The business world has reached a point in which, no matter the industry sector you’re activating in, it’s very likely that you, as a bid manager, will have to tackle multiple challenges for both the effective management and production of your bids.
In most cases, an organization has a team composed of a document manager, alongside a bid writer and at least one bid manager. Together they are responsible for the collation of the material, coming up with the solution that will eventually be pitched and putting together the entire document. After this point, it’s where bid managers come in, undertaking analysis of the bid in the draft, identifying all the strengths and weaknesses of competitors, then mitigating the results.
Keeping it short, the entire bid management process consists of two important elements: knowledge flow and people. However, there’s one important aspect you need to take into consideration: many of the bid writers usually have a day job to do. This means they are likely to work in different departments or locations, not to mention that some of them may have not worked in the same place before. The actual time frame for submitting the final bid proposal is incredibly short, which means the process management will be relatively difficult.
Therefore, today we are going to try to find out how to overcome these difficulties, by talking about some of the most common challenges bid managers face. And, of course, how to overcome them.
4 common challenges that bid managers face
Unfortunately for bid managers, submission dates are not under the control of organizations, as they should always be prepared and have well-equipped processes at their disposal, but also well-trained resources, in case they need to come up with an urgent submission.
However, it is possible to meet the tightest of deadlines, as long as the actions and all responsibilities are well planned and the organization has a proper knowledge management platform in place.
2. Availability of resources
We’re referring to various resources here, including human resources, infrastructure and many more, as they are all required to complete a bid in time.
Generally speaking, one of the challenges that bid managers face is dealing with a variety of people of multiple disciplines, both internal and external to the organization. And they depend heavily on employees from most company departments, including technical, finance, HT, legal or commercial.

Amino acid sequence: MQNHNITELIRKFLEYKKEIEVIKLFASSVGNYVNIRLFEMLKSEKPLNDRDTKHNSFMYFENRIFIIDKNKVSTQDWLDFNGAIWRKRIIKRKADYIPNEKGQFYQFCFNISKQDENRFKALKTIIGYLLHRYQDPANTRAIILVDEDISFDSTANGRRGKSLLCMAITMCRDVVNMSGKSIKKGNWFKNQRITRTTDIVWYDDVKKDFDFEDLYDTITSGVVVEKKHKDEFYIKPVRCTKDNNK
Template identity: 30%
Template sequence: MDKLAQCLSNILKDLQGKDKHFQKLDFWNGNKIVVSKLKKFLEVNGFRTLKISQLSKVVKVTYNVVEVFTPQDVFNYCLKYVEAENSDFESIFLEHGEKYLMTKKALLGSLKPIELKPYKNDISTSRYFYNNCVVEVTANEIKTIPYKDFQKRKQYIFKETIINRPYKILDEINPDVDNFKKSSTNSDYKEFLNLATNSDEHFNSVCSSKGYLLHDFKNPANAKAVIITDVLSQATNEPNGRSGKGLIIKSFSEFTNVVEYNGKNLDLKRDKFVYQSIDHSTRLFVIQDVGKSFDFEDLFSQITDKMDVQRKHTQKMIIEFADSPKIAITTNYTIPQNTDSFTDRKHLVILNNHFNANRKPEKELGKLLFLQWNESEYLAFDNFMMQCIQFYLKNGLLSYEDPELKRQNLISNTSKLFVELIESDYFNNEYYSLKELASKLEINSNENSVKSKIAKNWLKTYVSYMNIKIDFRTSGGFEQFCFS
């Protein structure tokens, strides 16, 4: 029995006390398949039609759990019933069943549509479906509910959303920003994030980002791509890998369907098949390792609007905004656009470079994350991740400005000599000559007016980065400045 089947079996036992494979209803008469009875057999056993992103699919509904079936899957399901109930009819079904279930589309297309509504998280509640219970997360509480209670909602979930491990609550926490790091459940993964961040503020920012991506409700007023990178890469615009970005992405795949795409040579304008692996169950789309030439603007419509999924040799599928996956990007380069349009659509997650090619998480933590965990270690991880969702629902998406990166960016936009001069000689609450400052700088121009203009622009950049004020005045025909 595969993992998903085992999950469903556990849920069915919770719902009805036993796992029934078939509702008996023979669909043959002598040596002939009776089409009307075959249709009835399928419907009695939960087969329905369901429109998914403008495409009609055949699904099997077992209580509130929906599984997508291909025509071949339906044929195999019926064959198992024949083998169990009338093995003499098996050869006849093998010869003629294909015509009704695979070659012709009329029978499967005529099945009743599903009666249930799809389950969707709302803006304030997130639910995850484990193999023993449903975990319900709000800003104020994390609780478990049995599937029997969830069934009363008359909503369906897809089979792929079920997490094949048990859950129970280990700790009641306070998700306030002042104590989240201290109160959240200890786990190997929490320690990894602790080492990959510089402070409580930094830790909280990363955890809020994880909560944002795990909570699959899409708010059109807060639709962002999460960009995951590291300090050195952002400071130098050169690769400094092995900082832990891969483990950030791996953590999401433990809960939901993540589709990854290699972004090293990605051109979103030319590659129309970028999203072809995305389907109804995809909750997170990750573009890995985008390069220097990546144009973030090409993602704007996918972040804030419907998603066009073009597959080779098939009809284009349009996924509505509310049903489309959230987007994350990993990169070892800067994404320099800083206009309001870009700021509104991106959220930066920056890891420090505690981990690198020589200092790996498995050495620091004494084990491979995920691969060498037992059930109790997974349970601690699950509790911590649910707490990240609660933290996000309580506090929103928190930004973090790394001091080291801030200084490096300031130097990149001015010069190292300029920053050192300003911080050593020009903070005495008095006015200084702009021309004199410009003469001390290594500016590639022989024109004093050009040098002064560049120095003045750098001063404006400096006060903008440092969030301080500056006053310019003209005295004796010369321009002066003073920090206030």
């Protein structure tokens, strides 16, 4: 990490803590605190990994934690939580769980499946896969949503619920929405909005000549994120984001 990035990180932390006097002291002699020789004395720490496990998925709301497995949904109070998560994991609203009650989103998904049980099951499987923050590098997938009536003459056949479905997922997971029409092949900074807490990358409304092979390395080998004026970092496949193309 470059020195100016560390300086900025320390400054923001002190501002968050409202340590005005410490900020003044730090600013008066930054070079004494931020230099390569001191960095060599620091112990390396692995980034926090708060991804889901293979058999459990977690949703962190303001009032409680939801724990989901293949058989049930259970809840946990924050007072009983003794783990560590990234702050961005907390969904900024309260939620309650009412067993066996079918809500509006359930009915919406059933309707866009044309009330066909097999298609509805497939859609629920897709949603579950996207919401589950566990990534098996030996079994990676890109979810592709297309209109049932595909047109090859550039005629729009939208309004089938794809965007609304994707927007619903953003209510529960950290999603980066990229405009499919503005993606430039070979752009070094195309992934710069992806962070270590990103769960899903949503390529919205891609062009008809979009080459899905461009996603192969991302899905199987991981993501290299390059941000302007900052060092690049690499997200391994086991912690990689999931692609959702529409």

In order to lower this dependency, there is a need for a well-written plan of the bidding process, but also for well-established communication channels and coordination.
3. Responding to the actual bid
There are cases in which the bid manager will put a lot of effort into putting together a proposal, just to see it being rejected.
Of course, coming up with the perfect response to a solicitation involves a great understanding of all requirements, but also the ability to convince that you are the best pick for the job.
The idea is actually simple at first, but the real challenge for the bid manager is to prove, through the bid, that the forwarded offer is by far the best choice. For more information on how to show potential clients you’re their best choice, take a look at our article about common mistakes to avoid when writing your RFP.
4. Coordination with your bid team
Finally, let’s not forget that bid management is also about teamwork. The entire ‘squad’ consists of all the people involved in the process, making sure it gets delivered to the customer on time.
Still, coordinating all the activities of the team can be pretty difficult, especially if the bidding manager doesn’t establish a healthy relationship with the functional departmental staff and their heads. And this is pretty much one of the most important activities of the bidding process.
In a nutshell: it’s all about efficient communication and knowledge management.
Having a repository of previous proposals can be incredibly useful to the proposal writer, so a bit of time spent focusing on organising all the available knowledge within a company can go a long way towards saving both time and resources when a new bid is needed.
Benefits of knowledge management for bid managers
We’ve managed to identify some areas which can be considered as best practice for collating critical information, required for producing compliant, compelling and engaging documents. Or, if you prefer, a few reasons why knowledge management can be one of the best solutions to overcome bid managers’ challenges.
- Knowledge management helps develop strong relationships with all key content providers within a company
- This connects the HR and Communication departments
- It reveals who is responsible for product updates and solutions, making sure the bid manager is regularly briefed about new initiatives
- It sets up a reliable and easily accessible content management system, with integrated reminders to update content which usually goes out of date
It can be useful to keep in mind that each company is different, through size, the amount of information that has been collected for effective process implementation, and more. Still, there are a few activities that can significantly increase your chances, as a bid manager, to win that work. And they mostly have to do with planning, preparation and organizing content from previous bids into a knowledge management platform.